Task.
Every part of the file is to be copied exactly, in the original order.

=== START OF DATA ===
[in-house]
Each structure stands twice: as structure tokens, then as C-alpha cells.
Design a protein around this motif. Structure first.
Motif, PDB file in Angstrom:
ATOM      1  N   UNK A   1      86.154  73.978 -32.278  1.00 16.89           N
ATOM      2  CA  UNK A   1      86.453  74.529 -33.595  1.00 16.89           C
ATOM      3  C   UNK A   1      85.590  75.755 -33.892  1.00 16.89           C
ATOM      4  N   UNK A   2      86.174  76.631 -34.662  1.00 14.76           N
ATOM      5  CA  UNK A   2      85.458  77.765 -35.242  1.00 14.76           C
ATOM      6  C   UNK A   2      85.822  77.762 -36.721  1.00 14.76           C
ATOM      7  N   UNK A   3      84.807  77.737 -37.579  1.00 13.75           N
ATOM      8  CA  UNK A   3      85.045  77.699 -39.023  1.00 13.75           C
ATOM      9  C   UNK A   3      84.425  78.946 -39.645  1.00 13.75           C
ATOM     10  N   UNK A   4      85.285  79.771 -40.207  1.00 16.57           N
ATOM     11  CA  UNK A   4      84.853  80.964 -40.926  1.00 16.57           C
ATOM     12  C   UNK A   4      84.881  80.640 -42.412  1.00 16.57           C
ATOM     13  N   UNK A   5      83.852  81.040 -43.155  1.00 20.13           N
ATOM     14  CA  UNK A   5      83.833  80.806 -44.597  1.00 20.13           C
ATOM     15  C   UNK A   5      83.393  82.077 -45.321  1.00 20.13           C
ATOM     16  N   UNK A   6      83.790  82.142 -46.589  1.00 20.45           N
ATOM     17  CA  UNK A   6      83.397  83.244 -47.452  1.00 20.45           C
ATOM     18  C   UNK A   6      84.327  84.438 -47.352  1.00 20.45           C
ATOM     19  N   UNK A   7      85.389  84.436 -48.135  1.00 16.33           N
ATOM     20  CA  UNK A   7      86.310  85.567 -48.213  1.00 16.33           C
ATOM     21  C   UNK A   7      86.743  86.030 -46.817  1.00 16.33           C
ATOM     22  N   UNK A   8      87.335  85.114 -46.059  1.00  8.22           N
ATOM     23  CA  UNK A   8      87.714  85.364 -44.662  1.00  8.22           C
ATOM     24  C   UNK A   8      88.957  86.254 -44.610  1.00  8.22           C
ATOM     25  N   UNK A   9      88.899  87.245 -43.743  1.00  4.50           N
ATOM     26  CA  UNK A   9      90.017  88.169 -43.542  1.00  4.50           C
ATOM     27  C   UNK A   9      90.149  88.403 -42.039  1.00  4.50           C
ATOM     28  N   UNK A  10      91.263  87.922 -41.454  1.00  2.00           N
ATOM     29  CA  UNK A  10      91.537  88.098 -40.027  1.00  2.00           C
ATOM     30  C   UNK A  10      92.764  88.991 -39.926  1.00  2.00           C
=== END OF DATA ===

[in-house]
Each structure stands twice: as structure tokens, then as C-alpha cells.
Design a protein around this motif. Structure first.
Motif, PDB file in Angstrom:
ATOM      1  N   UNK A   1      86.154  73.978 -32.278  1.00 16.89           N
ATOM      2  CA  UNK A   1      86.453  74.529 -33.595  1.00 16.89           C
ATOM      3  C   UNK A   1      85.590  75.755 -33.892  1.00 16.89           C
ATOM      4  N   UNK A   2      86.174  76.631 -34.662  1.00 14.76           N
ATOM      5  CA  UNK A   2      85.458  77.765 -35.242  1.00 14.76           C
ATOM      6  C   UNK A   2      85.822  77.762 -36.721  1.00 14.76           C
ATOM      7  N   UNK A   3      84.807  77.737 -37.579  1.00 13.75           N
ATOM      8  CA  UNK A   3      85.045  77.699 -39.023  1.00 13.75           C
ATOM      9  C   UNK A   3      84.425  78.946 -39.645  1.00 13.75           C
ATOM     10  N   UNK A   4      85.285  79.771 -40.207  1.00 16.57           N
ATOM     11  CA  UNK A   4      84.853  80.964 -40.926  1.00 16.57           C
ATOM     12  C   UNK A   4      84.881  80.640 -42.412  1.00 16.57           C
ATOM     13  N   UNK A   5      83.852  81.040 -43.155  1.00 20.13           N
ATOM     14  CA  UNK A   5      83.833  80.806 -44.597  1.00 20.13           C
ATOM     15  C   UNK A   5      83.393  82.077 -45.321  1.00 20.13           C
ATOM     16  N   UNK A   6      83.790  82.142 -46.589  1.00 20.45           N
ATOM     17  CA  UNK A   6      83.397  83.244 -47.452  1.00 20.45           C
ATOM     18  C   UNK A   6      84.327  84.438 -47.352  1.00 20.45           C
ATOM     19  N   UNK A   7      85.389  84.436 -48.135  1.00 16.33           N
ATOM     20  CA  UNK A   7      86.310  85.567 -48.213  1.00 16.33           C
ATOM     21  C   UNK A   7      86.743  86.030 -46.817  1.00 16.33           C
ATOM     22  N   UNK A   8      87.335  85.114 -46.059  1.00  8.22           N
ATOM     23  CA  UNK A   8      87.714  85.364 -44.662  1.00  8.22           C
ATOM     24  C   UNK A   8      88.957  86.254 -44.610  1.00  8.22           C
ATOM     25  N   UNK A   9      88.899  87.245 -43.743  1.00  4.50           N
ATOM     26  CA  UNK A   9      90.017  88.169 -43.542  1.00  4.50           C
ATOM     27  C   UNK A   9      90.149  88.403 -42.039  1.00  4.50           C
ATOM     28  N   UNK A  10      91.263  87.922 -41.454  1.00  2.00           N
ATOM     29  CA  UNK A  10      91.537  88.098 -40.027  1.00  2.00           C
ATOM     30  C   UNK A  10      92.764  88.991 -39.926  1.00  2.00           C